“The facts as they are gathered, both digital and physical, will drive our investigative services,” he said. “We will handle all concerns, data, or information presented by the citizens of the commonwealth through the [Senate election investigation] website or to us by the committee with fidelity, due diligence, and the utmost discretion.”
According to public records, he filed to create Envoy Sage in August 2021.
On its website, Envoy Sage describes its leadership and personnel as veterans from United States’ intelligence organizations and U.S. Special Operations Command but does not include their names.
The firm lists past work investigating fraud and embezzlement in the oil industry, researching an international corporate merger, and exposing disinformation from non-government organizations.
However, the company does not provide specifics such as client names or dates for services rendered.
When he was asked to cite a specific contract or project where he handled sensitive information, Lahr declined, saying that most of his work is “confidential and classified at the highest levels for the U.S. government and the Department of Defense.”
“I’m not at liberty to discuss those contracts, and especially the details of those contracts,” Lahr said. “We handled a great deal of personal information and classified information while we conducted investigations for government agencies and the Department of Defense. That information, those techniques, our procedures will be very valuable to the Senate investigation.”
Lahr did not answer multiple questions about Envoy Sage employees — how many are helping conduct the investigation and what they’ll have access to. Lahr, who did not respond to follow-up messages after the press call, named Mike Mall as an Envoy Sage team member but did not disclose his role with the firm.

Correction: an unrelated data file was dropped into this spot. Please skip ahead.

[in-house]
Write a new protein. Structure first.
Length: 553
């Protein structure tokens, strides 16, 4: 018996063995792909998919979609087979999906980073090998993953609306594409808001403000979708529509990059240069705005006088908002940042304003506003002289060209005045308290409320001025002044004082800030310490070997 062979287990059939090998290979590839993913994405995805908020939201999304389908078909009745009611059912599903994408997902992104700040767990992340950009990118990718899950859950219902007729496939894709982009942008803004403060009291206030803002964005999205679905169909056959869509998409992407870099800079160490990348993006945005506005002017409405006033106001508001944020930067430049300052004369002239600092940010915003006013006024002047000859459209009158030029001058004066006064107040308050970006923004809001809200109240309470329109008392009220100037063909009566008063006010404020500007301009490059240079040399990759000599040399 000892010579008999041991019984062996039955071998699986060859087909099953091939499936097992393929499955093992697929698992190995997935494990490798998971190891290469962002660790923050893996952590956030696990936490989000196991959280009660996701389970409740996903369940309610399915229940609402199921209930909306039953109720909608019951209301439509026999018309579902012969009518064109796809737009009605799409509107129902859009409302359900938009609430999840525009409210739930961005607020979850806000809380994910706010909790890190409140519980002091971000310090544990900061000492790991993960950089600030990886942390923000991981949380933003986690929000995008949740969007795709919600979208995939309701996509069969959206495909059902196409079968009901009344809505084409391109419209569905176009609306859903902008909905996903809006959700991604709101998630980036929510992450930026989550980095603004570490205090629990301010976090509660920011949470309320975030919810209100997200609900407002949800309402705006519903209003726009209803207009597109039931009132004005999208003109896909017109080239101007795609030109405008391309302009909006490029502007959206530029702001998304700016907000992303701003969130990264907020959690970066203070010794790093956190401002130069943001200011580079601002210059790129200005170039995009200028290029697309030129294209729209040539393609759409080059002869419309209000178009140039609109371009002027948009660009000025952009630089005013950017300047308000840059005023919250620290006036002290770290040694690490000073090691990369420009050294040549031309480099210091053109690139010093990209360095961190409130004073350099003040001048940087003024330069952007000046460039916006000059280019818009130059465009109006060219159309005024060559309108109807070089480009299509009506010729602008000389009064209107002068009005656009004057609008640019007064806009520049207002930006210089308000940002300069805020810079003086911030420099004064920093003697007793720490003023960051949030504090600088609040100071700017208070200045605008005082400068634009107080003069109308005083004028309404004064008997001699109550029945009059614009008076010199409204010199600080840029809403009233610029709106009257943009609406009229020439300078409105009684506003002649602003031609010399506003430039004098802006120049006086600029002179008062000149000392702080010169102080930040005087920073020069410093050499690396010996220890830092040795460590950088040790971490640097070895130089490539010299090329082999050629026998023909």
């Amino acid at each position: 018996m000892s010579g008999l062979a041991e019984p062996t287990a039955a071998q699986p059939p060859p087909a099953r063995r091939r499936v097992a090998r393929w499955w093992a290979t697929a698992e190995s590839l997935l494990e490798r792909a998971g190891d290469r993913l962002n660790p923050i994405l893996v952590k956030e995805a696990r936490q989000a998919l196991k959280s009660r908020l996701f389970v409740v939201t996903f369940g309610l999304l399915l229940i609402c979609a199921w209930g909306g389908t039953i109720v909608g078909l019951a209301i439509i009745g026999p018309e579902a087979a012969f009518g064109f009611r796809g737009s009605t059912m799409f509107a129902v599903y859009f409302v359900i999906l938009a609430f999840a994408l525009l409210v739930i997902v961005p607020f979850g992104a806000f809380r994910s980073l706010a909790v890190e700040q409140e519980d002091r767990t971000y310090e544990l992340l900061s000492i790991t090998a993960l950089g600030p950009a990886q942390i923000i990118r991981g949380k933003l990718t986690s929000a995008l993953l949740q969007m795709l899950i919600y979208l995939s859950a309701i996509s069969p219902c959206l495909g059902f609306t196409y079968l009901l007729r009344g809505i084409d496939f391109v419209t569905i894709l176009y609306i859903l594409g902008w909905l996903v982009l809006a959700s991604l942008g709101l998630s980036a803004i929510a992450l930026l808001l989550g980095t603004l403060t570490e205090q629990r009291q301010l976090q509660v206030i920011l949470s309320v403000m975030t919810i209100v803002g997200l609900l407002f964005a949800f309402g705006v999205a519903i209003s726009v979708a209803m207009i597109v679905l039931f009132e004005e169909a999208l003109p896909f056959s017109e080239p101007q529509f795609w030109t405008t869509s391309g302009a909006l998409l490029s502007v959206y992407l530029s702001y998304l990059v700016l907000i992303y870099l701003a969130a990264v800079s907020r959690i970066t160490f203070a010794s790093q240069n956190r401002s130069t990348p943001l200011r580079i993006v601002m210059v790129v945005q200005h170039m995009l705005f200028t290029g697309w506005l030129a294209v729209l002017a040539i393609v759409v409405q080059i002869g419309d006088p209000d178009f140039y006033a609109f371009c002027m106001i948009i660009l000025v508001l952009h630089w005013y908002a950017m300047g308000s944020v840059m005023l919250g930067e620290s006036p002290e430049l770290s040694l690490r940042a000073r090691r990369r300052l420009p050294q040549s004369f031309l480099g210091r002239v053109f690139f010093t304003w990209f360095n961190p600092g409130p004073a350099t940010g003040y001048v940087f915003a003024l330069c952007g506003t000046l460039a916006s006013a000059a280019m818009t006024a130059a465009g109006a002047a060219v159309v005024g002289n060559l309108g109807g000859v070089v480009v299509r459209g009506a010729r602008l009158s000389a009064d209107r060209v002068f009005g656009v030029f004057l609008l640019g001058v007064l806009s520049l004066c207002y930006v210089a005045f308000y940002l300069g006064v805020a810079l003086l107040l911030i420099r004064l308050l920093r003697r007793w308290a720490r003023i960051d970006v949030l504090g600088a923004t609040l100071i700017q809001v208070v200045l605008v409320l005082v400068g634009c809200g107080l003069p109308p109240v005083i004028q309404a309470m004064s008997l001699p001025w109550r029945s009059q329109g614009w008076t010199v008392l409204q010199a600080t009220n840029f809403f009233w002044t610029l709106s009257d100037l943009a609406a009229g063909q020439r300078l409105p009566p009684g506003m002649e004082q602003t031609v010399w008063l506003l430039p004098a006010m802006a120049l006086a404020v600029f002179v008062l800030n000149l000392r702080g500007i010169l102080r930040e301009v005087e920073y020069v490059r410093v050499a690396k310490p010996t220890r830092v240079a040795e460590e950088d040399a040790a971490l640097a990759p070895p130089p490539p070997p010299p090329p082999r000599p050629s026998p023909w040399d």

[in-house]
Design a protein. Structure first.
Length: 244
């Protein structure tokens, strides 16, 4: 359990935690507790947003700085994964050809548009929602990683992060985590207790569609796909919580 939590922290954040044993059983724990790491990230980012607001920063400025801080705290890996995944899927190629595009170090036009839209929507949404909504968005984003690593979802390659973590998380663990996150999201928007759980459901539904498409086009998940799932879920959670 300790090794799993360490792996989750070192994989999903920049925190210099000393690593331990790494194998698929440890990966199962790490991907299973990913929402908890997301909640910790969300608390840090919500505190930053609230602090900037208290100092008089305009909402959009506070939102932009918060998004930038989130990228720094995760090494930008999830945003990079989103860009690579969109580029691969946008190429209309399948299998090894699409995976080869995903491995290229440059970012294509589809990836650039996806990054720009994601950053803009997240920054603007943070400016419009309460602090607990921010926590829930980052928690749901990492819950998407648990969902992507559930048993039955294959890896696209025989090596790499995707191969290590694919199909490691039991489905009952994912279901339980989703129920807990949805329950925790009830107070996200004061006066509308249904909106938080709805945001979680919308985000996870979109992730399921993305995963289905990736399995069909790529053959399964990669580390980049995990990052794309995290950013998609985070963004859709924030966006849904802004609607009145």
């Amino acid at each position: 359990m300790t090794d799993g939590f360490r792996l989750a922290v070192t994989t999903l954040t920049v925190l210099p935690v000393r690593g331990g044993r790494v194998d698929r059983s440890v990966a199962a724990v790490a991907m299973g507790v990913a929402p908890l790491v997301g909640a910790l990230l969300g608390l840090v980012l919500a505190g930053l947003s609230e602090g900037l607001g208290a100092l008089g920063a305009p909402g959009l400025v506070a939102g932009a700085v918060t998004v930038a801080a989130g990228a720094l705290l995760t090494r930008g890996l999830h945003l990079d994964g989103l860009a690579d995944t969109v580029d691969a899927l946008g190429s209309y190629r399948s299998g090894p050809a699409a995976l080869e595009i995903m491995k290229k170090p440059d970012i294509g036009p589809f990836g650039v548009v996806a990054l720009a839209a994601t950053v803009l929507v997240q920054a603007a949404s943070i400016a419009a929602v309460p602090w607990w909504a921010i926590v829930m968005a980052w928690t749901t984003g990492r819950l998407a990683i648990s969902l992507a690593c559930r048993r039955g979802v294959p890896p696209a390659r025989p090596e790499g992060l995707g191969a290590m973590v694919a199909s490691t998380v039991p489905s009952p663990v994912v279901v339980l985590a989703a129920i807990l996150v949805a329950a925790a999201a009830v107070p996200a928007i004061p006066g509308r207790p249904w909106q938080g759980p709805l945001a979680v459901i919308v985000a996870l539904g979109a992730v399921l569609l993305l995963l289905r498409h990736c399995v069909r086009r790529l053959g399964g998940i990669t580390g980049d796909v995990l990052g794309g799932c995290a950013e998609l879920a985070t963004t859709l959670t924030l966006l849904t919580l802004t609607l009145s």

“Our team has got the ability to scale when we need more member expertise,” Lahr said during Tuesday’s call, adding that new employees can be added as full-time staff or subcontractors. “When we need to contract, we’re able to do that, so we are very agile in growing the team rapidly with expertise and supporting the client as needed during the investigatory process.”
Federal Election Commission reports show that Lahr has donated to the National Republican Congressional Committee and a series of Republican candidates, including $250 to U.S. Sen. Lindsey Graham, a South Carolina Republican, in October 2020.
Defending the donation to Graham on Tuesday, Lahr said: “A family member of mine donated that amount, and as an American citizen, I don’t think it takes away my ability to, on the personal side … support the candidates on the left or the right. I have supported candidates that are Democrats and candidates that are Republicans.”
The donations, however, did not raise a red flag with Dush, who earlier this fall said the Senate would not hire a firm with ties to candidates who appeared on the ballot in 2020 or 2021.
“I have worked professionally for both administrations, Democrat and Republican, and I’ve been able to put a firewall between my personal and professional business dealings,” Lahr added. “I see myself as very bipartisan, fair, and will conduct myself as such.”